HEFCE felt it had to set an example. Introducing its own internal Strategic Plan 2003-8 its then CEO, Howard Newby, said:

We hope that our colleagues in universities and colleges, for their part, will find in our plan a secure and practical framework for their own planning and activities throughout and beyond the planning period. We look forward to working with them to ensure that national policies and our strategy are put fully into effect, and to support and maintain a national HE system working consistently to international standards of excellence.

However, in 2017 the Higher Education and Research Act replaced HEFCE with the Office for Students and the Financial Memorandum requirement disappeared. The other parts of the UK have made their own arrangements under devolved powers. The Scottish Funding Council funds further as well as higher education and in 2020 it requires each college and university to have an Outcome Agreement in line with both ‘ministerial priorities and the SFC’s own ‘strategic framework’. It explains their purpose:

Outcome Agreements articulate how institutions provide an education that best meets the changing social and economic needs of their regions, reflecting a changing and increasingly diverse profile of students. They are an important part of the framework in which we ensure that institutions make best use of public funds and exercise good governance.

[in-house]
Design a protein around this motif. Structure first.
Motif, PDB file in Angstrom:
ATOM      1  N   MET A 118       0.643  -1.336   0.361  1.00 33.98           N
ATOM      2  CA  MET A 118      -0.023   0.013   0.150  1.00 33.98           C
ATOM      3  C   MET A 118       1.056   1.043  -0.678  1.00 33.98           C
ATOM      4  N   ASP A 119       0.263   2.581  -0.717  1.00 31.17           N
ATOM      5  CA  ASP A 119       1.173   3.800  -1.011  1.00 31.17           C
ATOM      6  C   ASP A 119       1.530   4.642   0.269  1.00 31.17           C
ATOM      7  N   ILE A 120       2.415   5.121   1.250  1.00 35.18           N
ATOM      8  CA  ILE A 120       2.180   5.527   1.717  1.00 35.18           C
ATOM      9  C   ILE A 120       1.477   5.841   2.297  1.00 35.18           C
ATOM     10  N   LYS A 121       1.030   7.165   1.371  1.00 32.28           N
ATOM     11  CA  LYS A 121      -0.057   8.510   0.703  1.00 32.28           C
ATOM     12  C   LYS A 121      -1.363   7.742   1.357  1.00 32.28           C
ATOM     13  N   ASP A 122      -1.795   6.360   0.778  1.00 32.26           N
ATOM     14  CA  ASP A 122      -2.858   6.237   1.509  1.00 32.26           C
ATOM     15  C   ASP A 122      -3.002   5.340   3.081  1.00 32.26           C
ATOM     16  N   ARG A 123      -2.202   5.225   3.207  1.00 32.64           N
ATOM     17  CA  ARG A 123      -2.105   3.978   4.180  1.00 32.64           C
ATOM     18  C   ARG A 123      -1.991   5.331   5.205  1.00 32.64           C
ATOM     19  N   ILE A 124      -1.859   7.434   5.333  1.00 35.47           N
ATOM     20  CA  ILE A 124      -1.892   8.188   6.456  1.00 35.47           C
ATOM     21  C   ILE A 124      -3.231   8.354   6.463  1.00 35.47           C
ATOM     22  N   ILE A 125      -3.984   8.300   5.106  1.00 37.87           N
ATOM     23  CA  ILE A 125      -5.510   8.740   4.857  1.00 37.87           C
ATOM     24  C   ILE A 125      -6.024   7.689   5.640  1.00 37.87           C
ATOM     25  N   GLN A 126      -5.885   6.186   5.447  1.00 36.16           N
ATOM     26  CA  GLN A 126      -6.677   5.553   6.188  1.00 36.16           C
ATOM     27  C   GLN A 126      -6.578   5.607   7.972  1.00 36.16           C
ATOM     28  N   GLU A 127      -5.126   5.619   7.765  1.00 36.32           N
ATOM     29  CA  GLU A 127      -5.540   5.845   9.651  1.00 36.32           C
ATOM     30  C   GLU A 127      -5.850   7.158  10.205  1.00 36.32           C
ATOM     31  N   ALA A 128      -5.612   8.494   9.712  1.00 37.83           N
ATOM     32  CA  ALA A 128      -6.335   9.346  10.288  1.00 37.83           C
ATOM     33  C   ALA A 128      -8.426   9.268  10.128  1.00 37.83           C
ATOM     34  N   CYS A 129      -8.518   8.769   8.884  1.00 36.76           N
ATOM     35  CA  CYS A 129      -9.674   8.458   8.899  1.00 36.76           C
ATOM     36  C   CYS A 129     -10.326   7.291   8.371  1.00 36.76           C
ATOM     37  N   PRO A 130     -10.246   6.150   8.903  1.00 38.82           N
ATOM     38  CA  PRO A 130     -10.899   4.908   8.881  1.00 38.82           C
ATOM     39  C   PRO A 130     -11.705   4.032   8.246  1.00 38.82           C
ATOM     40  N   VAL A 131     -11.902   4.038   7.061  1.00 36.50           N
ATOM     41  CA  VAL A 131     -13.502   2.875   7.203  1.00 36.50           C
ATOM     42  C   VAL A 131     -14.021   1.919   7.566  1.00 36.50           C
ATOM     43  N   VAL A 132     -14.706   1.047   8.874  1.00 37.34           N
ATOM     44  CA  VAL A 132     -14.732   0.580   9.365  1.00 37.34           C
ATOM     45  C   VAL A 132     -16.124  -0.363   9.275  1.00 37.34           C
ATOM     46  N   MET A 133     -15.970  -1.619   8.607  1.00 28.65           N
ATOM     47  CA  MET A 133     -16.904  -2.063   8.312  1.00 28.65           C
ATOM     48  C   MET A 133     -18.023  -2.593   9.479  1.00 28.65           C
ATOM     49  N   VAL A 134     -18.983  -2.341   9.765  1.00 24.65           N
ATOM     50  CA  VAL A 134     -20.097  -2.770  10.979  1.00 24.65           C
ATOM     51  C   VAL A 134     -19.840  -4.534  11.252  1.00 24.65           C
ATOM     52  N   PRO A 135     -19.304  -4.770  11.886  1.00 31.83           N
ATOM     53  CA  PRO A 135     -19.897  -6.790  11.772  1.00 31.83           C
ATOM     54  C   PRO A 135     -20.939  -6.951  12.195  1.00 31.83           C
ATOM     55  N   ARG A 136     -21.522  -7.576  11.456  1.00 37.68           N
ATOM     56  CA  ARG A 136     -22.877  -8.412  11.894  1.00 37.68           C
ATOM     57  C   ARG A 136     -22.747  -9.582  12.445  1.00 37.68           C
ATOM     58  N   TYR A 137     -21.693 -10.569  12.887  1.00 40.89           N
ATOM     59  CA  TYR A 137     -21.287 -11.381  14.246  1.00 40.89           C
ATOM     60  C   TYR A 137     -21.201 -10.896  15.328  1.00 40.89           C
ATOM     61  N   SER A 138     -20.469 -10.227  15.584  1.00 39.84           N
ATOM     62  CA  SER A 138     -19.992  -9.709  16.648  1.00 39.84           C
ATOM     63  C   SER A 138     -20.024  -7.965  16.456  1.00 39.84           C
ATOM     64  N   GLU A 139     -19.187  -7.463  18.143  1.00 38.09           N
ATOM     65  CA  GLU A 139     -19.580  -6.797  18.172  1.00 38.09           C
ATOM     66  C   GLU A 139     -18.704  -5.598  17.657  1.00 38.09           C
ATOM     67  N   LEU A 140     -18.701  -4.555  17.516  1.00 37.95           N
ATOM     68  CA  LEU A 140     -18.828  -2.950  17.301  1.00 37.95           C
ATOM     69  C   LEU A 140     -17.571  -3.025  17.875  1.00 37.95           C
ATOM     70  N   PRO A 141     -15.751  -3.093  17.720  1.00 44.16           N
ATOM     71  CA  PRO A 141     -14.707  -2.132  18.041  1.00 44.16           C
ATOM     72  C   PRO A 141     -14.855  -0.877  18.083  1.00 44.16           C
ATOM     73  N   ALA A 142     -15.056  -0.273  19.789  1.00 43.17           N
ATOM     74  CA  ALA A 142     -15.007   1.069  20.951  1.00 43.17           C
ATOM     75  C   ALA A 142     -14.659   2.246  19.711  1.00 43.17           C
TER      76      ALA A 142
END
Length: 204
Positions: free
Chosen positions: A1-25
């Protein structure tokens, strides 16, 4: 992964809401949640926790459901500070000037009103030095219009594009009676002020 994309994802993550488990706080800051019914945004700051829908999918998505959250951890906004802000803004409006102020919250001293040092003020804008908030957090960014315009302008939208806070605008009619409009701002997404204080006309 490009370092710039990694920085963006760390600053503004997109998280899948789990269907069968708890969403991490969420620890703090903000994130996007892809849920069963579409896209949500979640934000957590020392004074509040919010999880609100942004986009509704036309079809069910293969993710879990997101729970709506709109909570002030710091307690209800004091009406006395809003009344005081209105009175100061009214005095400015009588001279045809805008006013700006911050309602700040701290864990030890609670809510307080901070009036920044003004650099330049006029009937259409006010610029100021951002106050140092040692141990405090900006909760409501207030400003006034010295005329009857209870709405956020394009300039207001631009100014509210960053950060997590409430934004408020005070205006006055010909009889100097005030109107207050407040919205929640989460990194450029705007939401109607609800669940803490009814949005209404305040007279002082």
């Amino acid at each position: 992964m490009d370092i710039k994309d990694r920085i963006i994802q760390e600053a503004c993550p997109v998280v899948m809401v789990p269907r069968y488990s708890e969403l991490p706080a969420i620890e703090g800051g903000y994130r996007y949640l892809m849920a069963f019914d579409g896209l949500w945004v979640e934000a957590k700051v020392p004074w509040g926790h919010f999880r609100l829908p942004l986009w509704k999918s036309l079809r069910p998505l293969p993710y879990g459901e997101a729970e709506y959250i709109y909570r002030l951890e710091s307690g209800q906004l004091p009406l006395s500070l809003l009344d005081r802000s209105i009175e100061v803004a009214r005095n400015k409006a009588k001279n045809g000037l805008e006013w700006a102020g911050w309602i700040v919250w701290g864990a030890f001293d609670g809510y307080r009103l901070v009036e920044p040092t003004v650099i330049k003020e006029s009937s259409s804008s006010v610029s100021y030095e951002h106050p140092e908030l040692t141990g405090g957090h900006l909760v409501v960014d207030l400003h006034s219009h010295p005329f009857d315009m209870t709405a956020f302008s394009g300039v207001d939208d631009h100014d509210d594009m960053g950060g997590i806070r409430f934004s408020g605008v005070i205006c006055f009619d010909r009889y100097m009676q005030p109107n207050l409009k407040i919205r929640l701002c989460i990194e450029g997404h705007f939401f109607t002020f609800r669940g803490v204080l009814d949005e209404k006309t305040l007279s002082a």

The Higher Education Funding Council for Wales published a Corporate Strategy (2017-20) setting out its strategy for ‘delivery of the Welsh Government’s priorities for higher education’, as ‘informed by our annual remit letter’. It promised to: Monitor the financial sustainability of HE providers, and the organisation and management of their financial affairs, with particular reference to the requirements of our Financial Management Code. Northern Ireland’s Government funds its universities directly through the Department for the Economy without the intervention of a Funding Council.